by Sara Turner.
I mentioned recently that I saw the Off Broadway show Sleep No More and I would like to share this story because it’s freaking crazy. The first time I saw it I walked out of the venue and had to sit down on the sidewalk in New York City just to get my grasp on reality back. The second time I went was even scarier.
I heard from my friend about this show and was so intrigued to go. When you buy your tickets, you don’t even know what you are buying tickets for because they act like it’s a real hotel. With my best friend Hannah, we walked to 27th street to a warehouse and the only reason I knew it was the right place was because there was a line outside the door. Otherwise, you would never know it was the venue because there are no signs.
When you are inside, you “check in” and they give you a playing card as your ticket. I got the five of hearts. With your key in hand, you go through a dark maze that leads you into a 1930s style nightclub where you can purchase absinthe*. The dark maze scared me so much because you think someone is going to grab you. They recommend that you arrive between seven and eight but it you don’t go in until they call your number. Once they call you up, you go into a room behind curtains with about fifteen other people. This part is when things get freaky.
Behind the curtains lies an elevator, which leads to all of the eighty rooms within the hotel to explore. A very dapper man explains the rules of the hotel in a very seductive way. He provides you with a mask that covers the top half of your face and leaves the mouth to breath, almost like a duckbill.
The rules are simple: no talking and the people in black masks inside are there for your protection, not to guide you. I stepped onto the elevator with Hannah and as this was my second time, Hannah was going to follow me so she would not miss important things. The bellhop dressed in 1930s style clothing, as they all were, pulled me in particular aside and held onto me. He told us that if the hotel became too much for us that we can always go back to the bar. Then he stopped the elevator and said, “And remember ladies and gentlemen, fortune favors the bold. Everyone off.” I turned around and got off thinking everyone was behind me, but he laughed and the door shut immediately. I was alone and unintentionally had left Hannah behind. The first time I went, we all got off the elevator together, so this time I was terrified.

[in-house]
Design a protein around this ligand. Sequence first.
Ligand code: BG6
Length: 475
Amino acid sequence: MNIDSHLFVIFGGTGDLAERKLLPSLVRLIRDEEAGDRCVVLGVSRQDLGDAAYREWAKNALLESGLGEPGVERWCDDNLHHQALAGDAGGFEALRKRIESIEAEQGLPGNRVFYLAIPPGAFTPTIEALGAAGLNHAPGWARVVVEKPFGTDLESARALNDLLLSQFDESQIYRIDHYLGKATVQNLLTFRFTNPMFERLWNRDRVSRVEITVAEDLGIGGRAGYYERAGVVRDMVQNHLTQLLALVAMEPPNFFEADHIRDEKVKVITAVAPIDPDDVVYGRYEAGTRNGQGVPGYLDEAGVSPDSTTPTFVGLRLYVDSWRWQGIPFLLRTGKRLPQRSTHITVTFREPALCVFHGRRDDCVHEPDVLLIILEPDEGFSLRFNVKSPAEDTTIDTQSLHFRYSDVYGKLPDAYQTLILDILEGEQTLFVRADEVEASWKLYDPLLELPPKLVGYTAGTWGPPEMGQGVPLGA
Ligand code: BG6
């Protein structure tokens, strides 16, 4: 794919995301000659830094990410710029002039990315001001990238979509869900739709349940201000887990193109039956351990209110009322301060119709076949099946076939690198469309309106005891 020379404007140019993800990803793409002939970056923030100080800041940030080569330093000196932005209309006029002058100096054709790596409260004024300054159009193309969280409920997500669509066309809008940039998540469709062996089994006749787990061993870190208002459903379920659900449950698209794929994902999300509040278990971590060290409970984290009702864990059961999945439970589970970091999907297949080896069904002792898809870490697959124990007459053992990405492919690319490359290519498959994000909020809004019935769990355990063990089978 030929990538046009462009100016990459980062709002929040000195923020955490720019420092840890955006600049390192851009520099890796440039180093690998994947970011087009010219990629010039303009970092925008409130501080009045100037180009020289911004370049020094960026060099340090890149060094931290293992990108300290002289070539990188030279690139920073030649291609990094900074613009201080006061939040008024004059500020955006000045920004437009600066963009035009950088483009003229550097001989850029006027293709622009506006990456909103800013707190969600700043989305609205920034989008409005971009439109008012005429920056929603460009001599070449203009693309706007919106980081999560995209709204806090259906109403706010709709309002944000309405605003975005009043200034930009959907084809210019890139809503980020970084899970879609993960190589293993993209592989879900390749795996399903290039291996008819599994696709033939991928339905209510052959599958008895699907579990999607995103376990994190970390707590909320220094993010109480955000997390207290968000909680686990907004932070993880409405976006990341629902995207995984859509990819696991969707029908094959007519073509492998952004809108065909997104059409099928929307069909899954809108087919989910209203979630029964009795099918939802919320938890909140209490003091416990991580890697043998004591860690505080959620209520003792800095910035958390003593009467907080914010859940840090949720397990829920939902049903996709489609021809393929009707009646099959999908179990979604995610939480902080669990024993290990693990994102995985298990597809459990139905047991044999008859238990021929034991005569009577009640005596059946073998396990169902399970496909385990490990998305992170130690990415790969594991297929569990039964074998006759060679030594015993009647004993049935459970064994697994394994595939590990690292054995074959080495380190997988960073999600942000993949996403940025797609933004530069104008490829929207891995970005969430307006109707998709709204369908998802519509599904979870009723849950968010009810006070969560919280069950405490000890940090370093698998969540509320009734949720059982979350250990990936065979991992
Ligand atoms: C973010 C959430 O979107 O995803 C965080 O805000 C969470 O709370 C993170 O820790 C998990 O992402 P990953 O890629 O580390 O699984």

While you are inside the hotel, the story of Shakespeare’s Macbeth in 1930s dress is going on and you are dropped off into their world. You are a fly on the wall and get to watch these people’s lives. The actors don’t recite lines or put on a show. Instead, they live the story and run throughout the hotel. If they do talk, it’s muttered under their breath or brief but not meant for an audience’s ears. It’s like you’re invisible while watching this tragedy unfold. When you follow the actors, they pretend you aren’t there, or they will move you if you are in their way. However, there are some moments where the actors will take a person to a room and only that actor has a key to that room. Most of the time, you can either follow whomever you want or you can go explore the eighty rooms that are fully decorated with actual props and furniture from the play. You can go through people’s things like luggage or mail. You can open people’s letters and read them. Nothing is off limits. It’s about showing yourself how far you are willing to cross that boundary of personal space. That mask they provide you helps you let go of your inhibitions and no longer do you answer to societal norms.